Guwahati, Nov 16: Meghalaya and Assam are eyeing the year-end by which they hope to “more or less” resolve issues in the six areas of differences along the inter-state boundary.
The regional committees constituted by the two states will submit their reports after making ground visits to the six areas of differences along the inter-state border by November 30, 2021.
Addressing a joint conference of the chief ministers of the two states at the State Guest House in Koinadhora here today, Assam chief minister Himanta Biswa Sarma said that all the three committees would submit their reports to the respective chief ministers by November 30.
“Once the report is on our table, we will meet again and see whether we have a meeting of minds or not. If so, we will consult the stakeholders once again at the state and district levels. We will be issuing a final statement on the six areas of differences and complete the entire process by December 31, 2021,” Sarma said.
“On the issue of agreement, we will issue a final statement. But wherever there are any points of differences, we will continue our deliberations…But we are proceeding in the right spirit as of now,” he said, while adding that it “will be a fitting tribute to our founders if this landmark (border dispute resolution in all the 12 areas) was achieved in a year’s time.”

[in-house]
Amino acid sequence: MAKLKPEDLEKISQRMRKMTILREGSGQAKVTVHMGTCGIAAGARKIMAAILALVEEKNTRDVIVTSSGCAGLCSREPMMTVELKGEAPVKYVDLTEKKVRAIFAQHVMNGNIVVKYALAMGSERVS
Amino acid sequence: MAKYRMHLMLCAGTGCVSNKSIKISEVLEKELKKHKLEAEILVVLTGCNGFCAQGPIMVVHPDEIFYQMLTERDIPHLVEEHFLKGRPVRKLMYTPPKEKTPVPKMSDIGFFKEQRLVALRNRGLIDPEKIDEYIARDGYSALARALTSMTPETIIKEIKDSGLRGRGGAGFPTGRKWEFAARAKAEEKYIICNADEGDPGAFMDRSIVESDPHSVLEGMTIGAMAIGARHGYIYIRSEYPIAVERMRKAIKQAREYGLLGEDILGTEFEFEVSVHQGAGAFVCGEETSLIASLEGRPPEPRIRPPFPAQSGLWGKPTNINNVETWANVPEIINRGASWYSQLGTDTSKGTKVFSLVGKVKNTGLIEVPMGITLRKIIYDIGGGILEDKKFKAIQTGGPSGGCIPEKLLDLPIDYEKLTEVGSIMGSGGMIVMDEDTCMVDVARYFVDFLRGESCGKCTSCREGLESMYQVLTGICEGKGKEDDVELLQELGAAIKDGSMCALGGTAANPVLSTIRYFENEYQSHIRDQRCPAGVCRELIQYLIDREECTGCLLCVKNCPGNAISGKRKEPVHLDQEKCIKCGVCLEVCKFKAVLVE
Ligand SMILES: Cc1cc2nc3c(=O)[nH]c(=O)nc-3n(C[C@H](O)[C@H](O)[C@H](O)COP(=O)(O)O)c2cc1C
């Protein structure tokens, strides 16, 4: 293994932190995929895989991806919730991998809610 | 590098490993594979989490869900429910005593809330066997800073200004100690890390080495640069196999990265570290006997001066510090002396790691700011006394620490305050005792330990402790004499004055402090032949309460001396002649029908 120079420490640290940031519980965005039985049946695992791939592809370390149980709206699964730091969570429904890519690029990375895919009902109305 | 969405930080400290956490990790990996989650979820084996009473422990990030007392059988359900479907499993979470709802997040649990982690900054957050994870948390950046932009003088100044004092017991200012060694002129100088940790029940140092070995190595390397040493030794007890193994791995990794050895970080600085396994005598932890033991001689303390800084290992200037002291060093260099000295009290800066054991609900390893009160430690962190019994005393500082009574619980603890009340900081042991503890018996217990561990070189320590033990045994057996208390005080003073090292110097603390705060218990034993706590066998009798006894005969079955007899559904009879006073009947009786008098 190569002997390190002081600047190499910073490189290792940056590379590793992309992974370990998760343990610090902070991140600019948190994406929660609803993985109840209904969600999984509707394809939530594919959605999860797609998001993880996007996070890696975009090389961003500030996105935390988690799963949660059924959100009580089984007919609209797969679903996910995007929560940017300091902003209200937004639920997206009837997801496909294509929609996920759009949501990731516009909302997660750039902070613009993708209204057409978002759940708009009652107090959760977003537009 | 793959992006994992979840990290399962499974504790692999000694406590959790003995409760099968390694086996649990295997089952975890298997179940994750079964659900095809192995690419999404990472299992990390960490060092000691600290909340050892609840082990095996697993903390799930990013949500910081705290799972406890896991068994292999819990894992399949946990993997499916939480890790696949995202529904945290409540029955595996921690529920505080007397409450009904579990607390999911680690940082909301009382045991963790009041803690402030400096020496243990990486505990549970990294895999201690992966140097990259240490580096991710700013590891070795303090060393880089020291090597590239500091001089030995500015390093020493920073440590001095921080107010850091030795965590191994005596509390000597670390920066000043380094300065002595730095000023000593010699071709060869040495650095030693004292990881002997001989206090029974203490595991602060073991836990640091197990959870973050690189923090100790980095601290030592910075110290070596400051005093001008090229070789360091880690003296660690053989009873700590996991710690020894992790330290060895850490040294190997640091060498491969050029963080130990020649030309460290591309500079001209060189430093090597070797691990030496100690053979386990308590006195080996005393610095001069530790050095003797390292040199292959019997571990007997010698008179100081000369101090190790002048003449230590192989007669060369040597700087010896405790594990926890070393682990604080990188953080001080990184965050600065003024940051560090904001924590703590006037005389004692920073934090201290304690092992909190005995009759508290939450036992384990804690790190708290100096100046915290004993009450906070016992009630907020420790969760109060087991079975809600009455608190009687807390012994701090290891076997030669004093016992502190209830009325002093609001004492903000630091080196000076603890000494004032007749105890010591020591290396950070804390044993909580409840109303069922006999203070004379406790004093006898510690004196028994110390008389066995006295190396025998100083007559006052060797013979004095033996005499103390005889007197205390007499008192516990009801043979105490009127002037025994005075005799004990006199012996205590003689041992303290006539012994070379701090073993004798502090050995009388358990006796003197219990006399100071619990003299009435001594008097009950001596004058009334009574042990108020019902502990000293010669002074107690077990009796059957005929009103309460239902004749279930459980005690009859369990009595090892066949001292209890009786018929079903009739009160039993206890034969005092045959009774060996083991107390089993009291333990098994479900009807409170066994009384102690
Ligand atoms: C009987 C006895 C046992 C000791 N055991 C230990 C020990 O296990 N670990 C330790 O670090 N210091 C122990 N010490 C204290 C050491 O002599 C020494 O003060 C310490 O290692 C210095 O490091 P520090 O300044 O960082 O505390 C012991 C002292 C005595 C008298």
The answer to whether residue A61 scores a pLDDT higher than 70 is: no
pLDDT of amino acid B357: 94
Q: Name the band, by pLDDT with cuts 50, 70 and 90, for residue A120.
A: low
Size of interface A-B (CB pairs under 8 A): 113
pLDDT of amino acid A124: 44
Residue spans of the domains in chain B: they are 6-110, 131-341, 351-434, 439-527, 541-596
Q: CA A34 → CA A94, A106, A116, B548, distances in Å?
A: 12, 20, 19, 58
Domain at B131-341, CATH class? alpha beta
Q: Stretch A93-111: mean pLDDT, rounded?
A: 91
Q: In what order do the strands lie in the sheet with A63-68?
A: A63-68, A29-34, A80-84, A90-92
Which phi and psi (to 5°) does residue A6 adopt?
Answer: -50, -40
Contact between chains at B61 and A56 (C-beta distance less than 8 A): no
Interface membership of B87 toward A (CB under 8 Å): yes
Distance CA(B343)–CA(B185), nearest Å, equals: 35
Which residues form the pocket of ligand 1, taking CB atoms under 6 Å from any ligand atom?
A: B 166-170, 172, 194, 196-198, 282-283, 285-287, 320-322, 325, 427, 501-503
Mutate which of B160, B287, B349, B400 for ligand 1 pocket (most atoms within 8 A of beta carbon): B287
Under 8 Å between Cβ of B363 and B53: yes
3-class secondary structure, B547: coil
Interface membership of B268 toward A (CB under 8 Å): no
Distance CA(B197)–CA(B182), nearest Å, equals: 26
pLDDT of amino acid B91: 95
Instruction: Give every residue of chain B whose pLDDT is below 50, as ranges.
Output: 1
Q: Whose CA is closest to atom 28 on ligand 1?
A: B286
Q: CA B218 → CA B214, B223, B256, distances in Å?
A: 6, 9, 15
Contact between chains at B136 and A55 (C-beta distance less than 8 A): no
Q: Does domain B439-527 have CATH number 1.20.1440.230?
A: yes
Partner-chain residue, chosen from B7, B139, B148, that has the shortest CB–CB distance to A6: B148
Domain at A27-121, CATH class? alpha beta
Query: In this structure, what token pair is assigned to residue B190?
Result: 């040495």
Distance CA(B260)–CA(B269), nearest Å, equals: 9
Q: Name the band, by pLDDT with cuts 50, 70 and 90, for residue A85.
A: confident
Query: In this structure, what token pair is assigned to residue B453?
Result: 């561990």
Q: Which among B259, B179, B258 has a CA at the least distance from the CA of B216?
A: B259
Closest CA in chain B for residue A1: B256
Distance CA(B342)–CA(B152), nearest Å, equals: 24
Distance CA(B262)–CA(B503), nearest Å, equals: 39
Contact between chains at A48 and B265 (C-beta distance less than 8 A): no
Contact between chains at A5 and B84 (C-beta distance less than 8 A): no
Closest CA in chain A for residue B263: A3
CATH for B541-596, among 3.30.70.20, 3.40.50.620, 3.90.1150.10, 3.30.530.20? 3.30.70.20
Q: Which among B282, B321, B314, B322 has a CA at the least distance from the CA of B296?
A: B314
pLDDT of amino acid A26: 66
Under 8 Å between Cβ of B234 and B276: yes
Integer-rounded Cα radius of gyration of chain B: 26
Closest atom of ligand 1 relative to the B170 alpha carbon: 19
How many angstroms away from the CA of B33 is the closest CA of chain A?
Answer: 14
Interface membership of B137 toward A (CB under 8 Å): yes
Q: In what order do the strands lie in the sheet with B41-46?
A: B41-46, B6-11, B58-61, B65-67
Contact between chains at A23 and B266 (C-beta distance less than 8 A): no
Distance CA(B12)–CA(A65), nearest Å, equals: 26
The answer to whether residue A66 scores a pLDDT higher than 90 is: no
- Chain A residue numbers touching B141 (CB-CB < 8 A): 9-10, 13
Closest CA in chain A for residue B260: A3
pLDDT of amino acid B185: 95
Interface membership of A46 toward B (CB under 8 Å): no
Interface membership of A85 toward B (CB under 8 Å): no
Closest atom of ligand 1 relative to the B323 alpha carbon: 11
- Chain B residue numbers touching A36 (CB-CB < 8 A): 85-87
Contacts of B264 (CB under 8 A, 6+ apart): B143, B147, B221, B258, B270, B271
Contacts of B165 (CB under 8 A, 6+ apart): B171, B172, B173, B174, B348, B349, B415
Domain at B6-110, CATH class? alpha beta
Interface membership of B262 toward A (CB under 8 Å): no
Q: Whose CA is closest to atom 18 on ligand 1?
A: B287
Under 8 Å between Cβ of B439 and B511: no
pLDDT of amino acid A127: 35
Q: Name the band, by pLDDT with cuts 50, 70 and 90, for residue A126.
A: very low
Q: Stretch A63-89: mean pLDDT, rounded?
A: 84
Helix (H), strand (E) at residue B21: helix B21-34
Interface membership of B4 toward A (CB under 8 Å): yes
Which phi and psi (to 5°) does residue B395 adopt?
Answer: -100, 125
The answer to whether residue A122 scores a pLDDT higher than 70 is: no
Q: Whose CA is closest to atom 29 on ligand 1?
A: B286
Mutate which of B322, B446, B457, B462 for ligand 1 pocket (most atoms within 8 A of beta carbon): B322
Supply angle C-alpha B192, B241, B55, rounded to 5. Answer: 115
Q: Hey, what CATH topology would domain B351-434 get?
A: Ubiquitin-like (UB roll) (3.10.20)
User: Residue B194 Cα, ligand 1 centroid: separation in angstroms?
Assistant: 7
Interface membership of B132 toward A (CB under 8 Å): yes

Sarma further added that the entire border resolution exercise was being monitored by the Prime Minister and Union Home Minister.
Earlier on Tuesday morning, Sarma, along with Meghalaya chief minister Conrad Sangma, paid a historic visit to Langpih and interacted with the villagers. “Our visit to Langpih was very fruitful,” Sarma said.
This was for the first time in the history of the two states that the chief ministers paid a joint visit to a disputed inter-state border area.
On the way forward, chief minister Sangma said that the long-pending issues would be resolved in phases with the support of everyone. “We should be able to achieve clarity on which villages need to come under the administration of which state,” he said.
Thanking the regional committees for their extensive work in the past three to four months, he said the panels were formed precisely “to get a sense of what is happening at the grassroots level and a first-hand report from